Kutluğ Ataman has got into the spirit of the Brighton Festival with a carnivalesque metaphor for the recent turmoil in the Arab world: a waterfall which defies gravity.
(This reading of Mayhem needs its full context, a series named after a region encompassing Iraq, Iran and Syria. And nearby here is another piece (Su) in which Islam is a more explicit theme.)
But the relative safety of an art space in the West, gives us some distance from this drama. Like a television with the sound down, Ataman’s film cools off the spectacle of unrest.
Indeed water is used often in Islamic architecture for this very purpose: to keep occupants cool. Three of the channels are projected onto the floor like pools in a mosque.
In a visual sense, this is a monumental feat of plumbing. The work offers a strong contrast with the vast disused space of the Old Municipal Market and its dusty concrete floors.
And at the risk of wearing out his name, Duchamp did once say that plumbing was the difference between sculpture and architecture. His fountain and Ataman’s both play with that distinction.
But only a sculptural film installation could harness the power of the Iguazu Falls. This wild South American region is also called Mesopotamia. But which one is the newer world?
The Old Municipal Market is on Circus Street, Brighton, and the show runs until 29 May 2011. It’s organised by Lighthouse. See their website for more details.
It is quite something to come across an eye hospital in a gallery. Each one could be a metaphor for the other. In both you can expect some kind of operation on your field of vision.
But to come across St John’s Eye Hospital in East Jerusalem is stranger still. In this two-channel video installation, Lucy Price takes us inside a cutting edge medical facility which caters to Jews and Arabs alike, regardless of ability to pay.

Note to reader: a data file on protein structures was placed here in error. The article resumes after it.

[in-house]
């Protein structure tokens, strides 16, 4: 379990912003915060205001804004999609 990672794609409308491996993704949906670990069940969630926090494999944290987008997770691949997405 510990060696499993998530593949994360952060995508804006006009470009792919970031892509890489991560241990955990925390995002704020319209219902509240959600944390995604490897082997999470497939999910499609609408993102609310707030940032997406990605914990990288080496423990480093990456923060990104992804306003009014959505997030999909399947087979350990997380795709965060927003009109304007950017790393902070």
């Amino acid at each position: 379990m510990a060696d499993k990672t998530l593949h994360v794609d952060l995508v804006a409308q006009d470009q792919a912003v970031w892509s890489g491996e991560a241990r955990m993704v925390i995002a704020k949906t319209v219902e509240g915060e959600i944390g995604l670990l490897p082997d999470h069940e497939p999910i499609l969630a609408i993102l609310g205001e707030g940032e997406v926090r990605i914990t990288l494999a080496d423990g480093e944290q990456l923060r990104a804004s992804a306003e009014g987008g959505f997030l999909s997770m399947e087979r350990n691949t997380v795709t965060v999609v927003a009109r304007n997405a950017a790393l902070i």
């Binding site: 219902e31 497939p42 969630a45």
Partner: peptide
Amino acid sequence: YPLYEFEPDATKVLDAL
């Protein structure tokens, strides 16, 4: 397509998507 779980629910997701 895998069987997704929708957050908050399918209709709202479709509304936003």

So there is a blindness in the admissions policy and a deep faith in the patients of either religion as they put their eyeballs at the mercy of staff who, likewise, appear to come from both sides of the Israel/Palestine divide.
And the threat appears very real. Eyelids are forced open. Hypodermics are wielded. Scalpels are lined up. If you wanted to take an eye for an eye, this would be the place to do it.
The backing track by sound artist Maia Urstad is a comfort. Ambient noises from the hospital subsume birdsong, traffic and calls to prayer from the neighbouring streets. So what you see is not all you get.
The Refrain culminates with an operation performed in semi-darkness and two gloved hands sewing up, one presumes, an incision. Even the world’s most intractable geopolitical problems may respond to skilled treatment of this sort.
This installation can be seen as part of Over Where at University of Brighton Gallery, until 20 January. The show features more than 10 video pieces by Judy Price as well as paintings by Madeleine Strindberg. Call 01273 543010 for more details.